The identification of Black Lung disease in Queensland coal miners is now being supported by United States expertise.
Changes, including double-checks by U.S.-based accredited x-ray readers are now operational, Natural Resources and Mines Minister Dr Anthony Lynham said.
The improved screening and quality assurance system is part of the three-pronged attack Dr Lynham announced earlier this month to tackle the re-emergence of coal workers’ pneumoconiosis.
“Government, employers, unions and the medical profession have acted quickly to implement plan to deal with this important health issue,” he said.
“Going forward, all coal miners requiring respiratory health assessments will have their chest x-rays checked, and then double-checked, by two medical experts.
“The new screening system will see an Australian radiologist read x-rays to the International Labor Organisation (ILO) standard first.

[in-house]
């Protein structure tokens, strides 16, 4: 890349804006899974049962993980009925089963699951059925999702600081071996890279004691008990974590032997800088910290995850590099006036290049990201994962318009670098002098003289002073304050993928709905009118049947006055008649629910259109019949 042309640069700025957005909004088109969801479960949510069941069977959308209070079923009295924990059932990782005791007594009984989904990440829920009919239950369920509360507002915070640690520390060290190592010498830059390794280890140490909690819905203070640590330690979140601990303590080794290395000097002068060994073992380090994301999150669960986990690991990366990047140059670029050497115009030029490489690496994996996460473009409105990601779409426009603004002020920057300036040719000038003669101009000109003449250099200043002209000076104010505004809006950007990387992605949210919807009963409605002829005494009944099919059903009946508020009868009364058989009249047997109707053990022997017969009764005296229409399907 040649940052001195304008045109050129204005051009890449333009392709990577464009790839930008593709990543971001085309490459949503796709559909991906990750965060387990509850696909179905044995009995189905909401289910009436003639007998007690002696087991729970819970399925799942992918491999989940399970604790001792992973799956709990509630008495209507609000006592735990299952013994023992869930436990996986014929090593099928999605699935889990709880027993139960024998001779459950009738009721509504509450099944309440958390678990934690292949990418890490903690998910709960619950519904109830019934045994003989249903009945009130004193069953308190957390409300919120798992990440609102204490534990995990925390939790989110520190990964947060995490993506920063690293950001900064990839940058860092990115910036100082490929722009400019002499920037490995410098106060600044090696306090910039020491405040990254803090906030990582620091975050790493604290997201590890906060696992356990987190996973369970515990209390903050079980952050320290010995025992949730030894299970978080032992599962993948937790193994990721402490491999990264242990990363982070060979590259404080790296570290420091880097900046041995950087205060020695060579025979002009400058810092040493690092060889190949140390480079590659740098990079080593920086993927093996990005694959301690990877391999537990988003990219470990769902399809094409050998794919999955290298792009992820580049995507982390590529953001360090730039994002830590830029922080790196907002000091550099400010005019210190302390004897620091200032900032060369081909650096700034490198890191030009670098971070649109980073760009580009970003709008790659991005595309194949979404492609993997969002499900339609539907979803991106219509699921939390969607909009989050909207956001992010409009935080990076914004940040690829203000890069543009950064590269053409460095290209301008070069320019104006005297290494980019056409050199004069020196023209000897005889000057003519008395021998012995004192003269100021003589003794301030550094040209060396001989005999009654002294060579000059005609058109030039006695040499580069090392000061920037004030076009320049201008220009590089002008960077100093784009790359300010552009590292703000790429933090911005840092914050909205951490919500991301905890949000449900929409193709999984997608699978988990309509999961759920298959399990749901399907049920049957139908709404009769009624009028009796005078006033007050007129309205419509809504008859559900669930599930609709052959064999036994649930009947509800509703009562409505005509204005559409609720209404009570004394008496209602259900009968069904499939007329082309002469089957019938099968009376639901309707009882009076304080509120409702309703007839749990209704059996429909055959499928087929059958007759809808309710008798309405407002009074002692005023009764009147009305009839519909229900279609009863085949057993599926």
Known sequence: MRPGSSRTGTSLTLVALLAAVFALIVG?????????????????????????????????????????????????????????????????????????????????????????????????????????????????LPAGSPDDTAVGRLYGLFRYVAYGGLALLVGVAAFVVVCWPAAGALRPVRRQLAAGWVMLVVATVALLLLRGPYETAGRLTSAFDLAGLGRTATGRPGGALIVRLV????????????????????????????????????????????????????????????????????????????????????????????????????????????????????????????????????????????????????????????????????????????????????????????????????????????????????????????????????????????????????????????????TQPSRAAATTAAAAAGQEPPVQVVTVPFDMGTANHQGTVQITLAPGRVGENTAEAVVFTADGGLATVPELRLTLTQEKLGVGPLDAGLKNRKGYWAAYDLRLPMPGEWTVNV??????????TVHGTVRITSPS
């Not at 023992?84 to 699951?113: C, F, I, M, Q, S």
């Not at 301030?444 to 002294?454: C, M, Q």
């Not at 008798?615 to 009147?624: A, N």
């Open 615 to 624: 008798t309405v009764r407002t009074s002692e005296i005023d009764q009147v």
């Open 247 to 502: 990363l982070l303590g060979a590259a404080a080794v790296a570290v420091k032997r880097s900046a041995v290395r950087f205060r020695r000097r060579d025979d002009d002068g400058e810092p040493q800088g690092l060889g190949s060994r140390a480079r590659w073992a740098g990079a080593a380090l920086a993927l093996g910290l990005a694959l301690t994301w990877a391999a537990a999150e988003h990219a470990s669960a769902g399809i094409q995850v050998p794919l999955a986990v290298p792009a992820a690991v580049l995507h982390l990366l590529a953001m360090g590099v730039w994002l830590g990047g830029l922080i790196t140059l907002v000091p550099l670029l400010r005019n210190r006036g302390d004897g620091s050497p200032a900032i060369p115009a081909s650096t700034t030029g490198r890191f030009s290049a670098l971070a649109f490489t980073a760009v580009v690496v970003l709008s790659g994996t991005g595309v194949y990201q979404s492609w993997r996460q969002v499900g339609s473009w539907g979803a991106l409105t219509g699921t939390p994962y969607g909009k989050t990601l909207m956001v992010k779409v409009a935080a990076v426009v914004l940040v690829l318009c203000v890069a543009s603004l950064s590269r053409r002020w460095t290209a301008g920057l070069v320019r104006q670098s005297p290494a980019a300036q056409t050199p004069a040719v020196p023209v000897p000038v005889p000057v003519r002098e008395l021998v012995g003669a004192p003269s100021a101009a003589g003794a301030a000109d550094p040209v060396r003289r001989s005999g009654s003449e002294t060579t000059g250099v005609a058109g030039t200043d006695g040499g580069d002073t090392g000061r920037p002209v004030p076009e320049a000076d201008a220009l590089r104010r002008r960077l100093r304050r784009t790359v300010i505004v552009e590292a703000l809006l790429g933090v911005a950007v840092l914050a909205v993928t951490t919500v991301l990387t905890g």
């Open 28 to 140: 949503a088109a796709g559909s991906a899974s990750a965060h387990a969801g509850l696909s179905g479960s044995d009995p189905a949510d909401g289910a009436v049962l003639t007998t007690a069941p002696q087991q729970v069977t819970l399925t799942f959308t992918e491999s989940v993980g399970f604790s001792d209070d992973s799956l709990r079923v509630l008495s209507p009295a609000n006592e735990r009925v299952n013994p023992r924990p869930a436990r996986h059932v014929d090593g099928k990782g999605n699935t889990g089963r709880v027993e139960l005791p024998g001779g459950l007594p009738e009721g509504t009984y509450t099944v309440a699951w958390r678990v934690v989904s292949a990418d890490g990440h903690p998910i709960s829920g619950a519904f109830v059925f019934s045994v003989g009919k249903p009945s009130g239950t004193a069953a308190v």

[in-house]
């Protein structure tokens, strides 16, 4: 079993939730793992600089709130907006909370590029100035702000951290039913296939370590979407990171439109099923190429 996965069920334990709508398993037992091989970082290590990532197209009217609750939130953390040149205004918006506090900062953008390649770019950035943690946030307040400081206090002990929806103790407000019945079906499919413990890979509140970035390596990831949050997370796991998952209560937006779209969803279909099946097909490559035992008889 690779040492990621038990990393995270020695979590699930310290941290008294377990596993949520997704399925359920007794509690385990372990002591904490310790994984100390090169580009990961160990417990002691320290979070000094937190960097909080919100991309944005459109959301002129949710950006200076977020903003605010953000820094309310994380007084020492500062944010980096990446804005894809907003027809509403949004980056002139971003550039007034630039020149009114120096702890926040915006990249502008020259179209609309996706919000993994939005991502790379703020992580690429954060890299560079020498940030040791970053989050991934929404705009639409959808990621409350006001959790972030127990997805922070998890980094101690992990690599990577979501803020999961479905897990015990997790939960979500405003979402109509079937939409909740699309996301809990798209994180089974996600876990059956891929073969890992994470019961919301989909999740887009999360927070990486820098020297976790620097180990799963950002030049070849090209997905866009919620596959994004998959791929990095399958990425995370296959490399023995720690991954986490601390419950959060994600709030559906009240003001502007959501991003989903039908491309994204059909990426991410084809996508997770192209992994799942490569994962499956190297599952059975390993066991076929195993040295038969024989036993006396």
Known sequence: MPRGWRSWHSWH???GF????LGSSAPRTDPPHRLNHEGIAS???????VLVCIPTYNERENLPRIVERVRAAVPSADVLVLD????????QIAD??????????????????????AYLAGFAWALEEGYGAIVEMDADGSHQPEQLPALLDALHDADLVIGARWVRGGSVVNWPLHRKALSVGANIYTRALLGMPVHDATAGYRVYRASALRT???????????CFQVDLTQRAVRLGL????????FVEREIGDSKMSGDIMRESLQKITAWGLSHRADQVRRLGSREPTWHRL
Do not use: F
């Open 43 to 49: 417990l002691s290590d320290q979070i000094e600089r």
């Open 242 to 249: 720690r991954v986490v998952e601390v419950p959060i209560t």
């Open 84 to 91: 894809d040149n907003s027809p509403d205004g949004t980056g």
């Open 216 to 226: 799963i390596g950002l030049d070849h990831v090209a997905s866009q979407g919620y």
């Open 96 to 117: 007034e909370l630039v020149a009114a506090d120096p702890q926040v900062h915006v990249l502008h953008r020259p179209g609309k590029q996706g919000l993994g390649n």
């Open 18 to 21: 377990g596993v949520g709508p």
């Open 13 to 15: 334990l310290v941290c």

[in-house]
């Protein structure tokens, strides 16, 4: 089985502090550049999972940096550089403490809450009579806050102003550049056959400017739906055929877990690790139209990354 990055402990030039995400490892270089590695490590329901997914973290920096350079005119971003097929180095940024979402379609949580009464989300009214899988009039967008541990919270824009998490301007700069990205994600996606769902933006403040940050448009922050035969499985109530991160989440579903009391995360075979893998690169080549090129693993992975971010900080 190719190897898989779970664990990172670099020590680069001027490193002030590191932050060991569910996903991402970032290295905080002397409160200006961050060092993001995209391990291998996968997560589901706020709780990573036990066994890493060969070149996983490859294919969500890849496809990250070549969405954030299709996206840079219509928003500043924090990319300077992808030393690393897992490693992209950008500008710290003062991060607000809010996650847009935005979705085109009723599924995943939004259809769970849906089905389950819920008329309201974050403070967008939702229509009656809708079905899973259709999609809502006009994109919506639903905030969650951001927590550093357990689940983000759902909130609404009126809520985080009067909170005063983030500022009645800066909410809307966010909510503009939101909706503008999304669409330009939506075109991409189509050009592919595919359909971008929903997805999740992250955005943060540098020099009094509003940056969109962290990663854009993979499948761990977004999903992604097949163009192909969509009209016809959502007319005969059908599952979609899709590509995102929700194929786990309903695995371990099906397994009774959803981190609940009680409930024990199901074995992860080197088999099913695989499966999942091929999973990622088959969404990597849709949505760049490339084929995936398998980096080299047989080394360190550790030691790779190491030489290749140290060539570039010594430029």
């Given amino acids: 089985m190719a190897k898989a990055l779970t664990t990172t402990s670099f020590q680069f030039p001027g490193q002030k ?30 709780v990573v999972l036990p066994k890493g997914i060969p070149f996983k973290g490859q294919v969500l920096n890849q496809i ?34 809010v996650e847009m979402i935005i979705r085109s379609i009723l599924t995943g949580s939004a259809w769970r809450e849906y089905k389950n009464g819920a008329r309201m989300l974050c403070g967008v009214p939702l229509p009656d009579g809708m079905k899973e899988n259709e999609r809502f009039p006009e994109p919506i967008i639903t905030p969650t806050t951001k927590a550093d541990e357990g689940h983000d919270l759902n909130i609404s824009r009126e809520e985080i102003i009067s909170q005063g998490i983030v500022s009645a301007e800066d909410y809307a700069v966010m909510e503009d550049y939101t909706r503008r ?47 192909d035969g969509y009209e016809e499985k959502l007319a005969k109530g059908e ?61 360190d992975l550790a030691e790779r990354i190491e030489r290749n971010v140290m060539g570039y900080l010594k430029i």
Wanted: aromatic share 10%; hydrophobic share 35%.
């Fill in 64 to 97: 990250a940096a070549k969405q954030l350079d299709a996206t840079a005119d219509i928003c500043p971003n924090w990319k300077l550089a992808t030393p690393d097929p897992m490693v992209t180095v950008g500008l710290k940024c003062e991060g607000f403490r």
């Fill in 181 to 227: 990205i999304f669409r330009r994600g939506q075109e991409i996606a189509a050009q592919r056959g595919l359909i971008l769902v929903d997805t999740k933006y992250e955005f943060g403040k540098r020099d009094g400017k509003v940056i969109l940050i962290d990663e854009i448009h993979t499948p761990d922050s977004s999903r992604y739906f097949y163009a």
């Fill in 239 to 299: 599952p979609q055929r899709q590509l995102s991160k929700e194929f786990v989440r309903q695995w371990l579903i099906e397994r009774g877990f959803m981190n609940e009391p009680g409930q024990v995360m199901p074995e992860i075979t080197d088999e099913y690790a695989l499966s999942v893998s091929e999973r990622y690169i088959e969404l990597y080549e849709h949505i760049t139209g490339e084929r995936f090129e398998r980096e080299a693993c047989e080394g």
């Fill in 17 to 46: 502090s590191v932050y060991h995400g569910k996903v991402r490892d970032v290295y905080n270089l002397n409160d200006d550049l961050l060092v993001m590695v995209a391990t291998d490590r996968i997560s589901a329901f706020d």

“In a key change, radiologists will report in the format recognised by the ILO, which provides a rigorous process for reporting on the presence of the disease, and if it is present, describing its stage.
“Initially, digital x-rays will be provided to the US to be checked a second time by an x-ray reader accredited by the National Institute for Occupational Safety and Health.
“This second check will be established and available within Queensland, as soon as local radiologists are accredited in the ILO system.
“These measures have been developed based on feedback from key stakeholders together with local and international medical experts to ensure the quality of medical assessments and health care provided to mine workers is second to none.”
Dr Lynham said the new system would help restore coal miners’ confidence in the screening program, with results back to their doctors usually within a fortnight.
“I urge any coal mine worker who has concerns about their health to talk to their general practitioner,” he said.
Eleven Queensland miners have been diagnosed with coal workers’ pneumoconiosis, which is caused by long-term exposure to high concentrations of coal dust.
The joint three-pronged approach, announced at a joint news conference by government, unions, employer and medicos, aims to:
- prevent new cases of coal workers’ pneumoconiosis
- identify existing cases early
- provide a safety net for workers with the disease.